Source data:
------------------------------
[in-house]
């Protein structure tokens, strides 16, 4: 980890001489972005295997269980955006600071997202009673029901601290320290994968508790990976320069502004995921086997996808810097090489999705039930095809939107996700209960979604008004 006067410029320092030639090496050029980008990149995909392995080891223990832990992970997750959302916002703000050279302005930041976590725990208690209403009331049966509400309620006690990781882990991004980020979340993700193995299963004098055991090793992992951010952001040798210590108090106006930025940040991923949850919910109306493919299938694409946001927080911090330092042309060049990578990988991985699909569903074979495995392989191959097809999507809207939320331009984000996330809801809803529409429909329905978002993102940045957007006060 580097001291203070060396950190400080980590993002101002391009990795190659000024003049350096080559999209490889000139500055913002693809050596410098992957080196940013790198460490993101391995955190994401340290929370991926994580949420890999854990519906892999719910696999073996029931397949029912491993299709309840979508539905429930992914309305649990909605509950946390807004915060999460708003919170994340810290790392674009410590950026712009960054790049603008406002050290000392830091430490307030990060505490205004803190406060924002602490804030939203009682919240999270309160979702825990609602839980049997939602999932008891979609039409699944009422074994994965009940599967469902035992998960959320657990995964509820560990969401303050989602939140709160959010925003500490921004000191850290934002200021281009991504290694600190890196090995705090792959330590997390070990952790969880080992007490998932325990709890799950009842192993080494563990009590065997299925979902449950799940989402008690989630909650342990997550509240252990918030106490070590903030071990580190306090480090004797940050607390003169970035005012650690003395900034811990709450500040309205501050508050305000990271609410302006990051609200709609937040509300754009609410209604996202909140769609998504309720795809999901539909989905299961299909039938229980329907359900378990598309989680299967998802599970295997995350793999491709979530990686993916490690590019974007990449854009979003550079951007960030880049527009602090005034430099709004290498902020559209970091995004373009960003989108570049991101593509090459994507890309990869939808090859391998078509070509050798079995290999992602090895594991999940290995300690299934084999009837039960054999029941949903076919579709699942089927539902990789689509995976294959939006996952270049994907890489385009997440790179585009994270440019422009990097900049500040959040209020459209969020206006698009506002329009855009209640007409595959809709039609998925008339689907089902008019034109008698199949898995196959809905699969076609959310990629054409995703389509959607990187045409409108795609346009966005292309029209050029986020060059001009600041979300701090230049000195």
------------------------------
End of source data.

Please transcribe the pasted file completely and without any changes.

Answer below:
[in-house]
């Protein structure tokens, strides 16, 4: 980890001489972005295997269980955006600071997202009673029901601290320290994968508790990976320069502004995921086997996808810097090489999705039930095809939107996700209960979604008004 006067410029320092030639090496050029980008990149995909392995080891223990832990992970997750959302916002703000050279302005930041976590725990208690209403009331049966509400309620006690990781882990991004980020979340993700193995299963004098055991090793992992951010952001040798210590108090106006930025940040991923949850919910109306493919299938694409946001927080911090330092042309060049990578990988991985699909569903074979495995392989191959097809999507809207939320331009984000996330809801809803529409429909329905978002993102940045957007006060 580097001291203070060396950190400080980590993002101002391009990795190659000024003049350096080559999209490889000139500055913002693809050596410098992957080196940013790198460490993101391995955190994401340290929370991926994580949420890999854990519906892999719910696999073996029931397949029912491993299709309840979508539905429930992914309305649990909605509950946390807004915060999460708003919170994340810290790392674009410590950026712009960054790049603008406002050290000392830091430490307030990060505490205004803190406060924002602490804030939203009682919240999270309160979702825990609602839980049997939602999932008891979609039409699944009422074994994965009940599967469902035992998960959320657990995964509820560990969401303050989602939140709160959010925003500490921004000191850290934002200021281009991504290694600190890196090995705090792959330590997390070990952790969880080992007490998932325990709890799950009842192993080494563990009590065997299925979902449950799940989402008690989630909650342990997550509240252990918030106490070590903030071990580190306090480090004797940050607390003169970035005012650690003395900034811990709450500040309205501050508050305000990271609410302006990051609200709609937040509300754009609410209604996202909140769609998504309720795809999901539909989905299961299909039938229980329907359900378990598309989680299967998802599970295997995350793999491709979530990686993916490690590019974007990449854009979003550079951007960030880049527009602090005034430099709004290498902020559209970091995004373009960003989108570049991101593509090459994507890309990869939808090859391998078509070509050798079995290999992602090895594991999940290995300690299934084999009837039960054999029941949903076919579709699942089927539902990789689509995976294959939006996952270049994907890489385009997440790179585009994270440019422009990097900049500040959040209020459209969020206006698009506002329009855009209640007409595959809709039609998925008339689907089902008019034109008698199949898995196959809905699969076609959310990629054409995703389509959607990187045409409108795609346009966005292309029209050029986020060059001009600041979300701090230049000195």